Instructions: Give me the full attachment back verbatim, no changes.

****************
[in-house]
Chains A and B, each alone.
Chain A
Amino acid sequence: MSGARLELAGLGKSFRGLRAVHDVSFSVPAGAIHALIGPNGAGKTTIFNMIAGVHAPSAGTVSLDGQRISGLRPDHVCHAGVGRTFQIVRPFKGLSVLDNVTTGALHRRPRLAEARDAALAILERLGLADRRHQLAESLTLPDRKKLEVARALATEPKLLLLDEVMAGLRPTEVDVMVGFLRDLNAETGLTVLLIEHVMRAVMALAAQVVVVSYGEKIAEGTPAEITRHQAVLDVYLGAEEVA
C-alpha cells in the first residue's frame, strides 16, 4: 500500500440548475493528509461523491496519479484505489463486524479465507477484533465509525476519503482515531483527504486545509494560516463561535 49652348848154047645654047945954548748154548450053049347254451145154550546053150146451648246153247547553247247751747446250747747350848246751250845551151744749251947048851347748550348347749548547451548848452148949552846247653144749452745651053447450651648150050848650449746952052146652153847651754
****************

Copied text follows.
[in-house]
Chains A and B, each alone.
Chain A
Amino acid sequence: MSGARLELAGLGKSFRGLRAVHDVSFSVPAGAIHALIGPNGAGKTTIFNMIAGVHAPSAGTVSLDGQRISGLRPDHVCHAGVGRTFQIVRPFKGLSVLDNVTTGALHRRPRLAEARDAALAILERLGLADRRHQLAESLTLPDRKKLEVARALATEPKLLLLDEVMAGLRPTEVDVMVGFLRDLNAETGLTVLLIEHVMRAVMALAAQVVVVSYGEKIAEGTPAEITRHQAVLDVYLGAEEVA
C-alpha cells in the first residue's frame, strides 16, 4: 500500500440548475493528509461523491496519479484505489463486524479465507477484533465509525476519503482515531483527504486545509494560516463561535 49652348848154047645654047945954548748154548450053049347254451145154550546053150146451648246153247547553247247751747446250747747350848246751250845551151744749251947048851347748550348347749548547451548848452148949552846247653144749452745651053447450651648150050848650449746952052146652153847651754